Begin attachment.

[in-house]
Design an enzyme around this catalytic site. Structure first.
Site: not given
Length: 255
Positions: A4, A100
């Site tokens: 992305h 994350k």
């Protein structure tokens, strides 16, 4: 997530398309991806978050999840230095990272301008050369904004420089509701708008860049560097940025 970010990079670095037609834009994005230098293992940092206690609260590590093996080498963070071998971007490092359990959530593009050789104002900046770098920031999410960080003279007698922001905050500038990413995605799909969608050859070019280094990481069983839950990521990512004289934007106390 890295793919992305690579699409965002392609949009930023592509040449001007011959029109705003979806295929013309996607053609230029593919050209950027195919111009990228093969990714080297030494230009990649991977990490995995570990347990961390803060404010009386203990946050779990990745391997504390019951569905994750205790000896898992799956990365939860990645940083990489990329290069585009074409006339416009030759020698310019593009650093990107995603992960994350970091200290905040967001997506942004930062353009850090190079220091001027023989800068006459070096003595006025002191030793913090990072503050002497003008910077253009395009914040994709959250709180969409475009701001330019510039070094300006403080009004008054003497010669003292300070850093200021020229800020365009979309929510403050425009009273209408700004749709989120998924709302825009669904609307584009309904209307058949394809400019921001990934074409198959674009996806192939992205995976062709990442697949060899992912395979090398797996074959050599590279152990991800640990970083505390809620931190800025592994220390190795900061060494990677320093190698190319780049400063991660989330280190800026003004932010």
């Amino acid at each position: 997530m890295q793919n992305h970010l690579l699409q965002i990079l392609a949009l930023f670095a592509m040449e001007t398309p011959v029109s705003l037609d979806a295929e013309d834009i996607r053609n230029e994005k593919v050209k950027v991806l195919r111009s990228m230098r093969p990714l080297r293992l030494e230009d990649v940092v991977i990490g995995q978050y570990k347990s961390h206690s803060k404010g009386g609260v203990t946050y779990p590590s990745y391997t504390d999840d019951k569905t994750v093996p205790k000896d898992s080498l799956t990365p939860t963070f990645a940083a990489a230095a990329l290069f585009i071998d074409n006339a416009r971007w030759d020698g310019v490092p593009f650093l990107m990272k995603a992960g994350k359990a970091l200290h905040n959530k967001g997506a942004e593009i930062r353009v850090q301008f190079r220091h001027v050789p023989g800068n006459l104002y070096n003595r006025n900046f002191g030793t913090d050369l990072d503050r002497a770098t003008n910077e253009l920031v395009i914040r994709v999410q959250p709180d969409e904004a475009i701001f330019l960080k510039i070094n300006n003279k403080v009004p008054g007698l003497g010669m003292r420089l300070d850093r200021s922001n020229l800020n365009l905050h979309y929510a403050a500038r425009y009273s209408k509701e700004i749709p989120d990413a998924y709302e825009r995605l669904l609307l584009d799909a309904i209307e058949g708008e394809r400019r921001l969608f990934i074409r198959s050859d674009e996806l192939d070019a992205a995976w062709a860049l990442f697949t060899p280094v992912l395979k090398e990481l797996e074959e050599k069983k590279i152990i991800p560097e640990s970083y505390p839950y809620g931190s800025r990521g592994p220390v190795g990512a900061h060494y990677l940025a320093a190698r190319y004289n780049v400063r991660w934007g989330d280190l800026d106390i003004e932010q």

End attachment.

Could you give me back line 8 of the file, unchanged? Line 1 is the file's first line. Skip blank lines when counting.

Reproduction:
């Amino acid at each position: 997530m890295q793919n992305h970010l690579l699409q965002i990079l392609a949009l930023f670095a592509m040449e001007t398309p011959v029109s705003l037609d979806a295929e013309d834009i996607r053609n230029e994005k593919v050209k950027v991806l195919r111009s990228m230098r093969p990714l080297r293992l030494e230009d990649v940092v991977i990490g995995q978050y570990k347990s961390h206690s803060k404010g009386g609260v203990t946050y779990p590590s990745y391997t504390d999840d019951k569905t994750v093996p205790k000896d898992s080498l799956t990365p939860t963070f990645a940083a990489a230095a990329l290069f585009i071998d074409n006339a416009r971007w030759d020698g310019v490092p593009f650093l990107m990272k995603a992960g994350k359990a970091l200290h905040n959530k967001g997506a942004e593009i930062r353009v850090q301008f190079r220091h001027v050789p023989g800068n006459l104002y070096n003595r006025n900046f002191g030793t913090d050369l990072d503050r002497a770098t003008n910077e253009l920031v395009i914040r994709v999410q959250p709180d969409e904004a475009i701001f330019l960080k510039i070094n300006n003279k403080v009004p008054g007698l003497g010669m003292r420089l300070d850093r200021s922001n020229l800020n365009l905050h979309y929510a403050a500038r425009y009273s209408k509701e700004i749709p989120d990413a998924y709302e825009r995605l669904l609307l584009d799909a309904i209307e058949g708008e394809r400019r921001l969608f990934i074409r198959s050859d674009e996806l192939d070019a992205a995976w062709a860049l990442f697949t060899p280094v992912l395979k090398e990481l797996e074959e050599k069983k590279i152990i991800p560097e640990s970083y505390p839950y809620g931190s800025r990521g592994p220390v190795g990512a900061h060494y990677l940025a320093a190698r190319y004289n780049v400063r991660w934007g989330d280190l800026d106390i003004e932010q």